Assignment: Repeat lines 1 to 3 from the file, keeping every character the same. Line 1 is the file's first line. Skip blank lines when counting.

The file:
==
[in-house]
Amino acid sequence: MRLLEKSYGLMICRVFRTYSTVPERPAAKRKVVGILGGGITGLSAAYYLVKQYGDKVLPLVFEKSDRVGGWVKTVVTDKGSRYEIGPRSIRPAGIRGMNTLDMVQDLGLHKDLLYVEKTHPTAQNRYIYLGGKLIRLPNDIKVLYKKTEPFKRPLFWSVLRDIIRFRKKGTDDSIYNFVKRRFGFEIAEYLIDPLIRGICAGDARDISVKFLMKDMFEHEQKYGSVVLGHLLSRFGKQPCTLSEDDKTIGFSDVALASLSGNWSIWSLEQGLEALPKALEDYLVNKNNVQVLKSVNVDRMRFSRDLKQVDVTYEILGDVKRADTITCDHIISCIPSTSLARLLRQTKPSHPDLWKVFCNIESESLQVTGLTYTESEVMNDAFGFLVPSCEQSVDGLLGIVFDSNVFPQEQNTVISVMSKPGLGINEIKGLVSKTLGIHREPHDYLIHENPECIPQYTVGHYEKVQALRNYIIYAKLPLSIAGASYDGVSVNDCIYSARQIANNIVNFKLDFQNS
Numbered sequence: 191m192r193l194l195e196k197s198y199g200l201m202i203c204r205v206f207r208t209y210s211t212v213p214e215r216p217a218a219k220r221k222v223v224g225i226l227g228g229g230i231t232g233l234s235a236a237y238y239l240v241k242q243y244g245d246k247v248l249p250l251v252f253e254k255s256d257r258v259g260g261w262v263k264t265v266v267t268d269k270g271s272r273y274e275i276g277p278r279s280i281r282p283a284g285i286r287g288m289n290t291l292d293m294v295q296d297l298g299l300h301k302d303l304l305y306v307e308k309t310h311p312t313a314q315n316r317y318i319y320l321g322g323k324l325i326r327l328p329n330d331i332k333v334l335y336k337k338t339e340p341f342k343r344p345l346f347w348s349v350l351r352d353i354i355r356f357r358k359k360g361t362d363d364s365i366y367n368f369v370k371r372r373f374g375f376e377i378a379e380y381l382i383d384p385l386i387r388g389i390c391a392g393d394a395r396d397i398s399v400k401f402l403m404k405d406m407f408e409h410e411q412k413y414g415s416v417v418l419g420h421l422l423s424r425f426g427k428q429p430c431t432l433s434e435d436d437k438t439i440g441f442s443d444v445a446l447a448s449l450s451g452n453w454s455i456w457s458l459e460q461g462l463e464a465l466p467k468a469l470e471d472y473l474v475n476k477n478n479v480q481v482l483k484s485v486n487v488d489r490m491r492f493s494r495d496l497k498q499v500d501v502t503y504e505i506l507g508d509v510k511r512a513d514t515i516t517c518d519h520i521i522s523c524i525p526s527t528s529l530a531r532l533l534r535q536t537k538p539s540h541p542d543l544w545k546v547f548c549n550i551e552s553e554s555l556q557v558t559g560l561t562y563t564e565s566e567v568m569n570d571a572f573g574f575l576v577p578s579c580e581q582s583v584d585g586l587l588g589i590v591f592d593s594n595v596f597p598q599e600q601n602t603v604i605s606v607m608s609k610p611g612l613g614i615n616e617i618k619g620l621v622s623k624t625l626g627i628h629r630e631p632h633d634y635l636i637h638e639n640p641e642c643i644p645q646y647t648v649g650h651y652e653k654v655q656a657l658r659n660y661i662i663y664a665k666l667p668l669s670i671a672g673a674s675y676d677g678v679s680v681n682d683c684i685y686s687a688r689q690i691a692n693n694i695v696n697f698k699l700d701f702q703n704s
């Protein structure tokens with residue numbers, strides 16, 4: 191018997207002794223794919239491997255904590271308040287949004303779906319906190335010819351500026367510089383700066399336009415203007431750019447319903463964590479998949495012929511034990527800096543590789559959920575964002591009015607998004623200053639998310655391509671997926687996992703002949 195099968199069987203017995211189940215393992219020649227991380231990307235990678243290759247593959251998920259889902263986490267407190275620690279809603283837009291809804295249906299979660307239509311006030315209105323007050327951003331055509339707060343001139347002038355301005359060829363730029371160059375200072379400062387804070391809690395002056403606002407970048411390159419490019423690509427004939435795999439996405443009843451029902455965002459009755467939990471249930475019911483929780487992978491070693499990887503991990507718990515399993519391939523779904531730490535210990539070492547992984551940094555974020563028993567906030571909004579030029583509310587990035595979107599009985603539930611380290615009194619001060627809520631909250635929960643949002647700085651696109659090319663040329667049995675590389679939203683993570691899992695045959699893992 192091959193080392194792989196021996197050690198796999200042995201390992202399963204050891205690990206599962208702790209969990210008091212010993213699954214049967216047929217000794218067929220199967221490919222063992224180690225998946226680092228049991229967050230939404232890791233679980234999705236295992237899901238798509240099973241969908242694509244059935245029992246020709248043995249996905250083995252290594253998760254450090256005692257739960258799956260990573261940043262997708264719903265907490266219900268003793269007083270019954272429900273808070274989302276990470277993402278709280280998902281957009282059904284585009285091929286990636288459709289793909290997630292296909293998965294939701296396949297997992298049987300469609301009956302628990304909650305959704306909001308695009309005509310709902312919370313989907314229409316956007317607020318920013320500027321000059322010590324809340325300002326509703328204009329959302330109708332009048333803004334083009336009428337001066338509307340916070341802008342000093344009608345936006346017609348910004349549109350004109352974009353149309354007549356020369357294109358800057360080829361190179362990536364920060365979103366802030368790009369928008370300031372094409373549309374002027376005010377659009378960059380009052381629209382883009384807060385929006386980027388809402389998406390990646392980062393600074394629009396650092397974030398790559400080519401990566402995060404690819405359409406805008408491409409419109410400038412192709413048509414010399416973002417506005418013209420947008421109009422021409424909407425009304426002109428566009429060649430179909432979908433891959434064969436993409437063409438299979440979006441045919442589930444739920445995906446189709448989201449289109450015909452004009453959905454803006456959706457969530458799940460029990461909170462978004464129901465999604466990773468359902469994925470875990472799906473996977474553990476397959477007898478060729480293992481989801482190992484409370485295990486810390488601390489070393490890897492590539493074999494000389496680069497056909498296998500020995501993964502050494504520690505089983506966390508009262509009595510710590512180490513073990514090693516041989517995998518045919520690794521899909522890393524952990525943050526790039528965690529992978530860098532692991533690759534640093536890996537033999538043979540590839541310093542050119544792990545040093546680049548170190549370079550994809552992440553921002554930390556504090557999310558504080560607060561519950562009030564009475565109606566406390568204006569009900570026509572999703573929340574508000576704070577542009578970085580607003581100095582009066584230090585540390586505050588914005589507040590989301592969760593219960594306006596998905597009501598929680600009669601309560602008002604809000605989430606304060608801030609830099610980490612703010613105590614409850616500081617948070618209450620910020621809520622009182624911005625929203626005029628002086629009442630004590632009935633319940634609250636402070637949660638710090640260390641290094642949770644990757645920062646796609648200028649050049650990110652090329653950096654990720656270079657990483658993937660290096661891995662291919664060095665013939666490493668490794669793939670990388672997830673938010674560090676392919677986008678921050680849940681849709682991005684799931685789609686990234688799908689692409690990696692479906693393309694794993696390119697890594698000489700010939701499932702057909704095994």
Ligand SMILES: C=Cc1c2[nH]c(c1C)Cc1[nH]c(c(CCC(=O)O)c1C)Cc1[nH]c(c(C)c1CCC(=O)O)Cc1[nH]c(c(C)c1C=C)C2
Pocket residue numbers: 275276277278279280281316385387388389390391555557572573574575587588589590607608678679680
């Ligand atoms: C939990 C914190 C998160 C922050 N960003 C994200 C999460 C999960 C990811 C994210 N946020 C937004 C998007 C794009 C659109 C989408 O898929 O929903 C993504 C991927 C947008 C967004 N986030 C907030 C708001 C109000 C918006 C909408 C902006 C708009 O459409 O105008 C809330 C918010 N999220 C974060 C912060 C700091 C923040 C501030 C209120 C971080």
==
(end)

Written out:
[in-house]
Amino acid sequence: MRLLEKSYGLMICRVFRTYSTVPERPAAKRKVVGILGGGITGLSAAYYLVKQYGDKVLPLVFEKSDRVGGWVKTVVTDKGSRYEIGPRSIRPAGIRGMNTLDMVQDLGLHKDLLYVEKTHPTAQNRYIYLGGKLIRLPNDIKVLYKKTEPFKRPLFWSVLRDIIRFRKKGTDDSIYNFVKRRFGFEIAEYLIDPLIRGICAGDARDISVKFLMKDMFEHEQKYGSVVLGHLLSRFGKQPCTLSEDDKTIGFSDVALASLSGNWSIWSLEQGLEALPKALEDYLVNKNNVQVLKSVNVDRMRFSRDLKQVDVTYEILGDVKRADTITCDHIISCIPSTSLARLLRQTKPSHPDLWKVFCNIESESLQVTGLTYTESEVMNDAFGFLVPSCEQSVDGLLGIVFDSNVFPQEQNTVISVMSKPGLGINEIKGLVSKTLGIHREPHDYLIHENPECIPQYTVGHYEKVQALRNYIIYAKLPLSIAGASYDGVSVNDCIYSARQIANNIVNFKLDFQNS
Numbered sequence: 191m192r193l194l195e196k197s198y199g200l201m202i203c204r205v206f207r208t209y210s211t212v213p214e215r216p217a218a219k220r221k222v223v224g225i226l227g228g229g230i231t232g233l234s235a236a237y238y239l240v241k242q243y244g245d246k247v248l249p250l251v252f253e254k255s256d257r258v259g260g261w262v263k264t265v266v267t268d269k270g271s272r273y274e275i276g277p278r279s280i281r282p283a284g285i286r287g288m289n290t291l292d293m294v295q296d297l298g299l300h301k302d303l304l305y306v307e308k309t310h311p312t313a314q315n316r317y318i319y320l321g322g323k324l325i326r327l328p329n330d331i332k333v334l335y336k337k338t339e340p341f342k343r344p345l346f347w348s349v350l351r352d353i354i355r356f357r358k359k360g361t362d363d364s365i366y367n368f369v370k371r372r373f374g375f376e377i378a379e380y381l382i383d384p385l386i387r388g389i390c391a392g393d394a395r396d397i398s399v400k401f402l403m404k405d406m407f408e409h410e411q412k413y414g415s416v417v418l419g420h421l422l423s424r425f426g427k428q429p430c431t432l433s434e435d436d437k438t439i440g441f442s443d444v445a446l447a448s449l450s451g452n453w454s455i456w457s458l459e460q461g462l463e464a465l466p467k468a469l470e471d472y473l474v475n476k477n478n479v480q481v482l483k484s485v486n487v488d489r490m491r492f493s494r495d496l497k498q499v500d501v502t503y504e505i506l507g508d509v510k511r512a513d514t515i516t517c518d519h520i521i522s523c524i525p526s527t528s529l530a531r532l533l534r535q536t537k538p539s540h541p542d543l544w545k546v547f548c549n550i551e552s553e554s555l556q557v558t559g560l561t562y563t564e565s566e567v568m569n570d571a572f573g574f575l576v577p578s579c580e581q582s583v584d585g586l587l588g589i590v591f592d593s594n595v596f597p598q599e600q601n602t603v604i605s606v607m608s609k610p611g612l613g614i615n616e617i618k619g620l621v622s623k624t625l626g627i628h629r630e631p632h633d634y635l636i637h638e639n640p641e642c643i644p645q646y647t648v649g650h651y652e653k654v655q656a657l658r659n660y661i662i663y664a665k666l667p668l669s670i671a672g673a674s675y676d677g678v679s680v681n682d683c684i685y686s687a688r689q690i691a692n693n694i695v696n697f698k699l700d701f702q703n704s